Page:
Ip thus refuses to embrace what has been called the "Jevons paradox," named for the English scientist--William Jevons--who advanced the overall concept around 1865. The Jevons paradox asserts, as an almost Newtonian law, that any gain in the security direction will be offset by a loss in the opposite direction. Critics often use it to argue against all kinds of do-good interventions. Ip takes the charges seriously, but his open mind leads him to doubt, for precise reasons he cites, that they provide an accurate picture overall. …

The rest of this article is only available to active members of Questia

Already a member? Log in now.

Notes for this article

Add a new note
If you are trying to select text to create highlights or citations, remember that you must now click or tap on the first word, and then click or tap on the last word.
One moment ...
Default project is now your active project.
Project items
Notes
Cite this article

Cited article

Style
Citations are available only to our active members.
Buy instant access to cite pages or passages in MLA 8, MLA 7, APA and Chicago citation styles.

(Einhorn, 1992, p. 25)

(Einhorn 25)

(Einhorn 25)

1. Lois J. Einhorn, Abraham Lincoln, the Orator: Penetrating the Lincoln Legend (Westport, CT: Greenwood Press, 1992), 25, http://www.questia.com/read/27419298.

Note: primary sources have slightly different requirements for citation. Please see these guidelines for more information.

Cited article

When Safety Measures Make Us Unsafe: How Everything from Seatbelts to Bank Deposit Insurance Can Backfire
Settings

Settings

Typeface
Text size Smaller Larger Reset View mode
Search within

Search within this article

Look up

Look up a word

  • Dictionary
  • Thesaurus
Please submit a word or phrase above.
Print this page

Print this page

Why can't I print more than one page at a time?

Help
Full screen
Items saved from this article
  • Highlights & Notes
  • Citations
Some of your highlights are legacy items.

Highlights saved before July 30, 2012 will not be displayed on their respective source pages.

You can easily re-create the highlights by opening the book page or article, selecting the text, and clicking “Highlight.”

matching results for page

    Questia reader help

    How to highlight and cite specific passages

    1. Click or tap the first word you want to select.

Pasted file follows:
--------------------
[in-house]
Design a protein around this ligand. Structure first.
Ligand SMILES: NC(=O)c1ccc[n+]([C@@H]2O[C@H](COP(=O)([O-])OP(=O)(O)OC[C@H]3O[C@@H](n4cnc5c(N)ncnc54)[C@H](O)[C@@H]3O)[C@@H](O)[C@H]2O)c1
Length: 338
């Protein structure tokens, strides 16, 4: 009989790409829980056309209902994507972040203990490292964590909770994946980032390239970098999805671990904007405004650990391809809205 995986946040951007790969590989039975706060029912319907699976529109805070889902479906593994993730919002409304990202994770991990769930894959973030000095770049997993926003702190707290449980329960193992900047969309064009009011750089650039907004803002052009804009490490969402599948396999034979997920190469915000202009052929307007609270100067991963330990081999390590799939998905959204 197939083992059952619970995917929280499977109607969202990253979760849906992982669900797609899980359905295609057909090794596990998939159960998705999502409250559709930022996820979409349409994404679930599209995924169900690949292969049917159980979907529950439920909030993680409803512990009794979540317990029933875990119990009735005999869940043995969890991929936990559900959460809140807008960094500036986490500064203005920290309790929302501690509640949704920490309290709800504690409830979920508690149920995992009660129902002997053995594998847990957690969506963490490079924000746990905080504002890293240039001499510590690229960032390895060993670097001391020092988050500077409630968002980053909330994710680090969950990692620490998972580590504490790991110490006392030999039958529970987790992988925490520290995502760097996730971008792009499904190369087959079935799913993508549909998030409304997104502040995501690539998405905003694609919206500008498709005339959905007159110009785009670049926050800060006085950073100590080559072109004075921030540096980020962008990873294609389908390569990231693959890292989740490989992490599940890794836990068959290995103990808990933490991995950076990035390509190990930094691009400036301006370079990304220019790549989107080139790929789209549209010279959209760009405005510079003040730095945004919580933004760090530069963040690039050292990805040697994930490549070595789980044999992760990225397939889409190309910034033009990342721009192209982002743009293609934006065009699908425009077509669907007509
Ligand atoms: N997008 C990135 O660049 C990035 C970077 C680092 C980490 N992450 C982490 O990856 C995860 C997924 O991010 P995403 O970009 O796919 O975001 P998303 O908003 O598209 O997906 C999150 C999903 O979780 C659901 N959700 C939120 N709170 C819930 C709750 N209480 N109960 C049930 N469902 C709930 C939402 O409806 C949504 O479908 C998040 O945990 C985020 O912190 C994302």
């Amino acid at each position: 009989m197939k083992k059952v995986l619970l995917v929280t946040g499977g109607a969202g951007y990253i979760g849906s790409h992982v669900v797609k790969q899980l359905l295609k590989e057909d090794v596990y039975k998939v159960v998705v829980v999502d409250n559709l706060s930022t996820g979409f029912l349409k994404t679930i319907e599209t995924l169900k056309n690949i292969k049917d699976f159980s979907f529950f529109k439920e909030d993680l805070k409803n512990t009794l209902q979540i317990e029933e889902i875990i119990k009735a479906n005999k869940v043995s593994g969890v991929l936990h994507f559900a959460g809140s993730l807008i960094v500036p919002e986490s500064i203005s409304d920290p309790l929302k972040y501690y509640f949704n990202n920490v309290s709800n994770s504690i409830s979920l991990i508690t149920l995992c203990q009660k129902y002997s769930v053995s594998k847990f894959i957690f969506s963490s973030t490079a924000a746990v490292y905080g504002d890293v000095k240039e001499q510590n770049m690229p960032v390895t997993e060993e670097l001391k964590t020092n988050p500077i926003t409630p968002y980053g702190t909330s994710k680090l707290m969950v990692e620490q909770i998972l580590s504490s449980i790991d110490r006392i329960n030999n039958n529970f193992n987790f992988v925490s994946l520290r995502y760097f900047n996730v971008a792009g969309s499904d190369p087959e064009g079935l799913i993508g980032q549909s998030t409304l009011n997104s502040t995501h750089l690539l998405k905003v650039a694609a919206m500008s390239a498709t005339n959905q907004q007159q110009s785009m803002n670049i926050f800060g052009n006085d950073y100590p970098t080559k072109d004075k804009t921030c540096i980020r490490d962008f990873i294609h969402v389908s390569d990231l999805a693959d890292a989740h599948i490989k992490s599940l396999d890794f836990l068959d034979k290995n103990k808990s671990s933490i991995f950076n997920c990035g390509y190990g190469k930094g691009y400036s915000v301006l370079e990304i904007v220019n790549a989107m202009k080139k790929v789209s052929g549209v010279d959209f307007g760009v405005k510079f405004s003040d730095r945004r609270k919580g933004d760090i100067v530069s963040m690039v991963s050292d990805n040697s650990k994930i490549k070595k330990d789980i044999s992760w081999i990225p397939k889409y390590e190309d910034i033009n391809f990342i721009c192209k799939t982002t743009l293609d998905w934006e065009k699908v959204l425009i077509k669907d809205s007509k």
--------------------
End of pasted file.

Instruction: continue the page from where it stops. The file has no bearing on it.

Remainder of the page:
2. Click or tap the last word you want to select, and you’ll see everything in between get selected.
    3. You’ll then get a menu of options like creating a highlight or a citation from that passage of text.

    OK, got it!

    Cited passage

    Style
    Citations are available only to our active members.
    Buy instant access to cite pages or passages in MLA 8, MLA 7, APA and Chicago citation styles.

    "Portraying himself as an honest, ordinary person helped Lincoln identify with his audiences." (Einhorn, 1992, p. 25).

    "Portraying himself as an honest, ordinary person helped Lincoln identify with his audiences." (Einhorn 25)

    "Portraying himself as an honest, ordinary person helped Lincoln identify with his audiences." (Einhorn 25)

    "Portraying himself as an honest, ordinary person helped Lincoln identify with his audiences."1

    1. Lois J. Einhorn, Abraham Lincoln, the Orator: Penetrating the Lincoln Legend (Westport, CT: Greenwood Press, 1992), 25, http://www.questia.com/read/27419298.

    Cited passage

    Thanks for trying Questia!

    Please continue trying out our research tools, but please note, full functionality is available only to our active members.

    Your work will be lost once you leave this Web page.

    Buy instant access to save your work.

    Already a member? Log in now.

    Search by... Author
    Show... All Results Primary Sources Peer-reviewed

    Oops!

    An unknown error has occurred. Please click the button below to reload the page. If the problem persists, please try again in a little while.